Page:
Welcome to weekend writing warriors. Many fine authors, and me, contribute short snippets for your delectation.
I was getting a bit stuck with Regency fiction, and decided to try hard SF. Swords and spaceships, no rayguns (yet), but plenty of action and as long as I’m logically consistent I don’t have to worry about historical accuracy (which is problematic as even the authorities disagree about what it was really like).
It seems to be working, the words are (so far) flying off my fingers (I crossed 40k last night) and into the book.
In any case, here’s the start – a new midshipman is having her first session of weapons training on her first ship. Her instructor is not exactly impressed. Last week’s snippet skips ahead a few paragraphs from the one before. It’s after she’s finished her training for the day. The discussion of Scotland from last week is replaced by the ceremonies for the first jump of the mission.
“Be upstanding!” The main hall echoed from the sounds of chairs scratching on the floor.
The captain, Mister Campbell despite her gender, experienced enough to have a lined face and gray short hair, strode to the front of the assembled crew.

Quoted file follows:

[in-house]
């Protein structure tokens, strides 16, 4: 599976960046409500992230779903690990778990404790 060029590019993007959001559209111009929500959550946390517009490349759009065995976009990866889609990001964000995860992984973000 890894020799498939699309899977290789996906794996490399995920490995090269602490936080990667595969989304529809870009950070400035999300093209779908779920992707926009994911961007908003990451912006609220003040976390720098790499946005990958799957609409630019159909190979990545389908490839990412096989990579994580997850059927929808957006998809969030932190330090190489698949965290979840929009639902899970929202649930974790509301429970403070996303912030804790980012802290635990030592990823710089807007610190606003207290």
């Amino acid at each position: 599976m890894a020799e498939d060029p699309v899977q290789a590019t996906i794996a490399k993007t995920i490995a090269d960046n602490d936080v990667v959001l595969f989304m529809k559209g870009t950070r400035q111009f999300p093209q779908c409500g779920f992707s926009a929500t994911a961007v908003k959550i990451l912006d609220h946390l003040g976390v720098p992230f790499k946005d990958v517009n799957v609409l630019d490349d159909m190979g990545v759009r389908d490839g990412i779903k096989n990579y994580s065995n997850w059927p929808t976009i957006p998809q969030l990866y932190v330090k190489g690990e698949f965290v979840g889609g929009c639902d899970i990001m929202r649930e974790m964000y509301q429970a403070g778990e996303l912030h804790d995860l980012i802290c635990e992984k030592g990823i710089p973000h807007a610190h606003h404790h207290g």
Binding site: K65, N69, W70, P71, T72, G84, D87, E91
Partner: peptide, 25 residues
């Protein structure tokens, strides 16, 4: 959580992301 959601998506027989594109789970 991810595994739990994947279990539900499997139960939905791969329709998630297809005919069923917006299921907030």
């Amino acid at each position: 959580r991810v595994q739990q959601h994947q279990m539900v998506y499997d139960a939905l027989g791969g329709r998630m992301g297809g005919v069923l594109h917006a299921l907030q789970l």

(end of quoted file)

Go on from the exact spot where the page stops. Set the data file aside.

“Serapis,” She shouted, “We’ve nearly cleared Sol’s mass.”
Terry remembered her navigation, engines full-blast for a week, vectored out of the ecliptic plane, away from the sun’s proper motion in the galaxy.
“And,” Mr Campbell continued, “It’s time for our first jump.”
Terry stiffened; then noticed the other middy’s and a few of the crew looking
“But first,” the captain raised her glass, “A toast.”
Everyone picked up their glass. “Over the water, Mr Mullins,” one of the crew reminded Terry, “Swing it over the water.”
Terry set her glass down, and picked it up as she suggested.
Still remembering the rightful King after all these years. How an interplanetary, for that matter interstellar, civilization would govern itself is something of a problem. One, fortunately, that I don’t have to solve for this story. Given the difficulties in communication – where a mail packet would be the fastest method to send instructions – some sort of Federal system, possibly with appointed governors would be the answer.
Of course, that would require an enlightened central government, which didn’t work out so well for Great Britain in the 1770’s (or did, depending on your viewpoint). Hints for a sequel?
Dealing with gender is also an issue. I decided that Fleet, taking naval traditions seriously, calls everyone Mister.
Most SF writers forget that we, our entire solar system, is flying through space with a proper galactic velocity. The Terrans, having relatively primitive spacecraft, launch down stream and land upstream as it were.
I’ve put up a couple of things on instafreebie. The first is a short story, To Court a Dragon.